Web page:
About Endangered Wildlife Initiatives – Past & Future
Saving Endangered Species Around the World
EarthTrust’s Endangered Wildlife Initiatives have been working to save critically endangered species since 1976.
We’ve had a fair bit of success, but that has played out against terrible trends for other species on this planet.
We’ve gone undercover to the markets where tigers end up. Caged, garrotted, and dismembered to make "medicine" which has utterly no medicinal value.
Our images have enabled national and international full-page newspaper ads to save tigers. There has been some really great activist campaigning.
But the tiger‘s situation is a dire one. How long they’ll continue to exist is an open question.
ET’s EWi campaign has conducted one of the most penetrating efforts to save the rhino.
Enlisting corporate support within Taiwan, the campaign grew all the way from the far east to Africa, in an upbeat campaign for rhino awareness in the main markets for rhino horn, another useless "medicine" highly prized for its mythological properties.
Rhino horn is simply compacted hair. It won’t cure anything. The mistaken belief that it will puts rhinos in continuing deadly danger.
Sea Turtle Campaign
EarthTrust, though its successful campaign to ban pelagic driftnet fleets, has been responsible for saving many hundreds of species that were being devastated, including sea turtles like the leatherback.
In addition, ET and Hono Project have collaborated to protect them at their nesting areas in Costa Rica, and have created educational video productions as well as doing outreach to local people.
Sea turtles have survived the dinosaurs, but could vanish this century unless those who care about them work a minor miracle.
Net Entanglement Campaign
Through it’s driftnet and driftNetwork programs, ET has worked to save seabirds from net enganglement, including endangered species like these puffins.
Hundreds of thousands of seabirds have been saved, but they still face a rapidly changing climate and acidifying seas where their food sources are uncertain.
ET’s undercover work has included exposing the killing of bears for their gallbladders. This includes asian bears like this sun bear, and north american bears. The commerce for mythological medicines puts a bounty on the head of every bear in the world.
Are we an odd species, or what?
Saving your Wrasses
Of the many hundreds of organizations around the world working on endangered species, the work at the global CITES treaty to protect them is coordinated by Species Survival Network, co-founded by ET in 1993. Since that time, an ET representative has served on the board of directors.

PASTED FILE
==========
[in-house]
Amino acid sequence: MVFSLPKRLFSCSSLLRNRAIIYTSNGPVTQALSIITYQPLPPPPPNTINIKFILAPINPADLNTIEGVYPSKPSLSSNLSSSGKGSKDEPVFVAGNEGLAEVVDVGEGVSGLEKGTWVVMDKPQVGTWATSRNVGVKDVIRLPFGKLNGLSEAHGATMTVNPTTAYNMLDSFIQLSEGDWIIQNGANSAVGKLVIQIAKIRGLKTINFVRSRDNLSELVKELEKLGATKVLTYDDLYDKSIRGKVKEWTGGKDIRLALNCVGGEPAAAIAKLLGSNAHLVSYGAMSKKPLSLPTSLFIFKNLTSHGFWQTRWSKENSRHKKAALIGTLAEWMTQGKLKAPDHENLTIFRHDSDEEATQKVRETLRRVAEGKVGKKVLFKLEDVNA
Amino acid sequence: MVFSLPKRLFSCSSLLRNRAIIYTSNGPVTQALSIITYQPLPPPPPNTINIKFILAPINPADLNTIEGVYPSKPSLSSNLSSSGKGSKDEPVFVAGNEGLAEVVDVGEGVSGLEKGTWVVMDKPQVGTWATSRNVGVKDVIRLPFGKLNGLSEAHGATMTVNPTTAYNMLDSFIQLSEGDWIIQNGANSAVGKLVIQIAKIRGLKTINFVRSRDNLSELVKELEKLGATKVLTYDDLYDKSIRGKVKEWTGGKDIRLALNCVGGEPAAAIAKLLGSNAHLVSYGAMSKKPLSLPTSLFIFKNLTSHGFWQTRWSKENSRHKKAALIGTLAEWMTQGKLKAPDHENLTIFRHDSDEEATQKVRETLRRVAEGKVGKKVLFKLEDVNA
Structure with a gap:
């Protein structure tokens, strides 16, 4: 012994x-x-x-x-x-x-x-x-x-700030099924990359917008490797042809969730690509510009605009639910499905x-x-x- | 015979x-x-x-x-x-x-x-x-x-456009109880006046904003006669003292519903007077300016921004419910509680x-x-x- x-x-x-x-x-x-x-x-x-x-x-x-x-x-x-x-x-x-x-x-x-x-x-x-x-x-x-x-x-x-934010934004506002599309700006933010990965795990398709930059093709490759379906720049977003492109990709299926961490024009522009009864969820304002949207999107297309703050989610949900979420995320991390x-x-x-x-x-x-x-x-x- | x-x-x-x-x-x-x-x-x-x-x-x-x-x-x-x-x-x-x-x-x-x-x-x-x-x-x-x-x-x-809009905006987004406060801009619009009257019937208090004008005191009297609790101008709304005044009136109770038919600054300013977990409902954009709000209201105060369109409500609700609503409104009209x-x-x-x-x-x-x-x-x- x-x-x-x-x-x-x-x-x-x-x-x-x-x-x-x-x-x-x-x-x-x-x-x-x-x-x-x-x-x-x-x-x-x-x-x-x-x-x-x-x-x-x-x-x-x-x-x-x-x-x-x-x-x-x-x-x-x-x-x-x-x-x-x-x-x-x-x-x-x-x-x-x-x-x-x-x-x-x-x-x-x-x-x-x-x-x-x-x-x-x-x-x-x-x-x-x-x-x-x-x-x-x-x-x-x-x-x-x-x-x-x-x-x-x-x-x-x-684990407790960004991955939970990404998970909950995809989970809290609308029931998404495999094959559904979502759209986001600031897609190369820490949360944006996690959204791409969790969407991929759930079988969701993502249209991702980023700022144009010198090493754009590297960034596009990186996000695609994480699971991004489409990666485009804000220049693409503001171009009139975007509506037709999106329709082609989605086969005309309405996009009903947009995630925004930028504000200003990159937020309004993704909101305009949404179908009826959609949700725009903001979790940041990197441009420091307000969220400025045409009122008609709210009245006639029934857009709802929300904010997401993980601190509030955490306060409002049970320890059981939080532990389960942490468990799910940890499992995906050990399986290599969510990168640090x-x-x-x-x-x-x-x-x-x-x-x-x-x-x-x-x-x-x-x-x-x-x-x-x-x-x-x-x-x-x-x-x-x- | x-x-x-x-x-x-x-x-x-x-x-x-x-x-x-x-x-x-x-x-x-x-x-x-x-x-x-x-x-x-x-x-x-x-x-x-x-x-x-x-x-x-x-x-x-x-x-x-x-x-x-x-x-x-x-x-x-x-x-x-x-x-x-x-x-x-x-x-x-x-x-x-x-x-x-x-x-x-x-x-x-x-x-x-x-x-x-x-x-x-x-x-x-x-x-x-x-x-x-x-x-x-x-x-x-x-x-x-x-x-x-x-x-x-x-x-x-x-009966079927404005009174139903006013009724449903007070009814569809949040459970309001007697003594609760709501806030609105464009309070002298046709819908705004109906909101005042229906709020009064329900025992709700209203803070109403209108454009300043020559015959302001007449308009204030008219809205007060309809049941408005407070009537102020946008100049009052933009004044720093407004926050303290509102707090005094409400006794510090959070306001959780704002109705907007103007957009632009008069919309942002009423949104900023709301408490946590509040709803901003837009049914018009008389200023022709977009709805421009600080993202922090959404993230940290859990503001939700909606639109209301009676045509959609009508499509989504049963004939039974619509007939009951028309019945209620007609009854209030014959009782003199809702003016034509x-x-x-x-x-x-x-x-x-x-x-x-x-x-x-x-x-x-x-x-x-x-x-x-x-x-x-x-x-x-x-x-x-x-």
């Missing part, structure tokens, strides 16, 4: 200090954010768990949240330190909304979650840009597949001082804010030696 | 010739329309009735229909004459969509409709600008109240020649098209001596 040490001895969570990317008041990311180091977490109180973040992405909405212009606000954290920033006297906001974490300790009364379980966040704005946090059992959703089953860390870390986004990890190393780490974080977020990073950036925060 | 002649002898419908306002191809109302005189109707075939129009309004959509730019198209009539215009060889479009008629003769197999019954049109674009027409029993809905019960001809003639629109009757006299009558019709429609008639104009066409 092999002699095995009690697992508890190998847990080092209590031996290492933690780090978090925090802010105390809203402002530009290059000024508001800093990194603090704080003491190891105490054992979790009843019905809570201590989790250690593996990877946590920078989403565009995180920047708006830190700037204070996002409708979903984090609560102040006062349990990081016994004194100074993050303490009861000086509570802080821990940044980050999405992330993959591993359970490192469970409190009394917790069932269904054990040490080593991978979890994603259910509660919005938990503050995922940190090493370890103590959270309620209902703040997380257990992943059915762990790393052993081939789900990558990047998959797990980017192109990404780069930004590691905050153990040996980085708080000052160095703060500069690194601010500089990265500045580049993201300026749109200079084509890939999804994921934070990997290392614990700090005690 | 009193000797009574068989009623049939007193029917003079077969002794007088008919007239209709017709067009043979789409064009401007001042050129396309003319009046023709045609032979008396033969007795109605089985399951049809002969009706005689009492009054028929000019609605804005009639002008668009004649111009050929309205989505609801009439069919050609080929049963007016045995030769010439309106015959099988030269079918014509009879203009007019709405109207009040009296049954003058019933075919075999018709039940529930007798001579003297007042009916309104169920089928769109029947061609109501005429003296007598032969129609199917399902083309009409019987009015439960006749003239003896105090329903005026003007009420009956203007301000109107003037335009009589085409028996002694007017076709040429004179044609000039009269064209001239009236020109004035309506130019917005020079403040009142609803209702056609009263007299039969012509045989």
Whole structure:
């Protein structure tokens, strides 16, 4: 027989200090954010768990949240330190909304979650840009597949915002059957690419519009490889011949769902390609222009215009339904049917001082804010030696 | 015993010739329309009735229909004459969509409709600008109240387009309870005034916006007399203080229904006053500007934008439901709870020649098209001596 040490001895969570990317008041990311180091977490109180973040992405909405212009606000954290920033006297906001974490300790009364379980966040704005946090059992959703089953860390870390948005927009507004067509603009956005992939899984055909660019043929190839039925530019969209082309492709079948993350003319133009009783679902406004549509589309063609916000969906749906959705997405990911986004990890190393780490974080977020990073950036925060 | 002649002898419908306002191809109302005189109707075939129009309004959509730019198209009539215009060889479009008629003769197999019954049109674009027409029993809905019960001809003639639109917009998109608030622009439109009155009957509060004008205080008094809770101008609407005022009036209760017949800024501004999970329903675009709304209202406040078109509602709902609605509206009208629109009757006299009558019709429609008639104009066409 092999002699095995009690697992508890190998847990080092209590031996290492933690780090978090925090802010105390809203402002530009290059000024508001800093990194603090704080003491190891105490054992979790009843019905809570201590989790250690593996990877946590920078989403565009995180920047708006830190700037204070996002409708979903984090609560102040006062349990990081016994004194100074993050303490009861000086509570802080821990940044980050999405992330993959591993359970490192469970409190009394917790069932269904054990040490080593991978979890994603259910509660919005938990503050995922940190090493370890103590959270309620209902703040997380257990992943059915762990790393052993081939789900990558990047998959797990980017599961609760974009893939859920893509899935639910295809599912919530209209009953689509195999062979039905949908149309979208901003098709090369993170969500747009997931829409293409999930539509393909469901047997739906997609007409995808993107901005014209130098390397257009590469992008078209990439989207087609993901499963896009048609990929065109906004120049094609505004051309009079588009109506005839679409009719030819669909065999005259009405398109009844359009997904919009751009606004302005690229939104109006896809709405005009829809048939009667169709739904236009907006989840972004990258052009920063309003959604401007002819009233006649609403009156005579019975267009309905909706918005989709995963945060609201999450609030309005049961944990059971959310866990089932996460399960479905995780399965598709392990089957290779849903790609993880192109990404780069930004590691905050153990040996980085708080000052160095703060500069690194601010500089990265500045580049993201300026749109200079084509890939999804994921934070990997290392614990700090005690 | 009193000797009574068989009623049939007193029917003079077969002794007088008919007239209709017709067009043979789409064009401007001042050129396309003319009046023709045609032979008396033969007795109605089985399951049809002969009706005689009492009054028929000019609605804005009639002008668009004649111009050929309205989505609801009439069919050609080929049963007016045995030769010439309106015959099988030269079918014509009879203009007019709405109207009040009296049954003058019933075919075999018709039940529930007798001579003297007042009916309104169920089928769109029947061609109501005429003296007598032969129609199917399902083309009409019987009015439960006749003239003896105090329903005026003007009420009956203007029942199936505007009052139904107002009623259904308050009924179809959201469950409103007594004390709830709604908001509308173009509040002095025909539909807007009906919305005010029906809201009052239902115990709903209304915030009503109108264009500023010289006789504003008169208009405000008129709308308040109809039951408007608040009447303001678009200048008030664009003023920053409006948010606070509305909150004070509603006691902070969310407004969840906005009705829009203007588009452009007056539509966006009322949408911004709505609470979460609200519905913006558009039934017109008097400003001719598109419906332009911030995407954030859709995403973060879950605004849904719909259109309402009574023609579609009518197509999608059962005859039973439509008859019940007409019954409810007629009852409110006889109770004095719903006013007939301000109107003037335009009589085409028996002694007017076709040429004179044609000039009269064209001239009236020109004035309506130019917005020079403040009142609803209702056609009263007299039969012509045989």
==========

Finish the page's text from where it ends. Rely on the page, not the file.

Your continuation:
One example of many is the humphead wrasse, above. It was nearly de-listed, allowing renewed killing of this endangered fish. Quick work by the ET team kept it listed and protected.
Monk Seal Campaign
Our monk seal campaign has been run by leading monk seal conservationists who have worked with the animals in the field, testified on their behalf, and really know the issues.
Program creator Sue White worked with Greenpeace and Sierra Club Legal Defense Fund to achieve critical habitat designation. And our reward program applied pressure to punish anyone killing the seals.
The prospects for these seals are not bright; rising seas will cover their islands and force them to interact with humans, while acidifying seas will dissolve the coral ecosystems on which the depend. This is a species whose fate is tied to our success or failure to curb CO2 emissions.
And many more...
ET campaigns have worked to help many dozens of species over the years, limited only by available funding.
Like the program to turn in pet monkeys for rehabilitation in Taiwan, above. The restoration and replanting of Pohutakawa forests on New Zealand islands. The flying of the "Hector Protector" ultralight aircraft to safeguard Hectors’ dolphins.
It really comes down to funding being available. When it is, we can turn it into campaign magic to help save species.
This Century will tell the story
We have arrived in the century that will shape the nature of life on earth for the next hundreds of millions of year.
We are in the middle of the earth‘s sixth mass extinction, the only one caused by a single species. Mankind’s discovery of burnable fossil carbon gave us the wherewithal to destroy the world and most of its species. So far, as a species, we have chosen not to care.
The bottleneck is upon us. Many of the species around us now will not make it into the future. Certainly, they will not make it into the future on their own.
Humans have caused this crisis, and it will be by human effort that some species are spared, to add their special qualities to the future. Others will be snuffed out forever.
Re-framing the issues
The way we have thought about "saving species" in the last century is no longer sufficient.
Human systems will not protect species once economic and energy problems start to bite harder. The thin veneer of "wildlife protection law" and treaties won’t keep them alive.
The bonobo, above, is a self-aware cousin to man. They are being quickly eaten as "bushmeat". We are eating our closest relatives along with all else.
Simply passing laws won‘t cut it to save species like this in the future. They must be sequestered from the coming human waves of locust-like eating, or they will not be here at century’s end.
The species which have evolved along with us will mostly be dying off, unless we can really change human priorities.
We propose to do exactly that. We’ve been more successful than most.
Which species survive may well be a matter of which species have campaigns conducted on their behalf. ET has the expertise. The funding of an endangered wildlife initiative is the other half of the equation.